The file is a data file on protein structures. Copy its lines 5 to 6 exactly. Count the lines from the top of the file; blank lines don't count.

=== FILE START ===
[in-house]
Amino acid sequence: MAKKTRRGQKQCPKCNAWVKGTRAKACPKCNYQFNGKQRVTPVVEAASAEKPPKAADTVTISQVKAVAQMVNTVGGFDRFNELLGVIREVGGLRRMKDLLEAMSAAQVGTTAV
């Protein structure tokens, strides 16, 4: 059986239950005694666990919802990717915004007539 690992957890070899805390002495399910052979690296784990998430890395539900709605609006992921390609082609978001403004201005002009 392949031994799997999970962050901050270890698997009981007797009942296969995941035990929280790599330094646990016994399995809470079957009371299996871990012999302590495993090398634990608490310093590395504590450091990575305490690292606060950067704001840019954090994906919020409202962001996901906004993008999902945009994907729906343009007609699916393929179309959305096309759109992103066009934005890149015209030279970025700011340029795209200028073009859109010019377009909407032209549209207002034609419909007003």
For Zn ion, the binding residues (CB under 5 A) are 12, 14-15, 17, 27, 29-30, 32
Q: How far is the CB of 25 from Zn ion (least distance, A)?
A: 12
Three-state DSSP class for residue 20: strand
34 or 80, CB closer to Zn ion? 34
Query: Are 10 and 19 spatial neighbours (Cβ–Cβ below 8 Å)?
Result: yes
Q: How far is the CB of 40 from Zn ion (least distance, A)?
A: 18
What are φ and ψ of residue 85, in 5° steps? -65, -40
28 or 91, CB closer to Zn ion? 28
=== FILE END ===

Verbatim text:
Q: How far is the CB of 25 from Zn ion (least distance, A)?
A: 12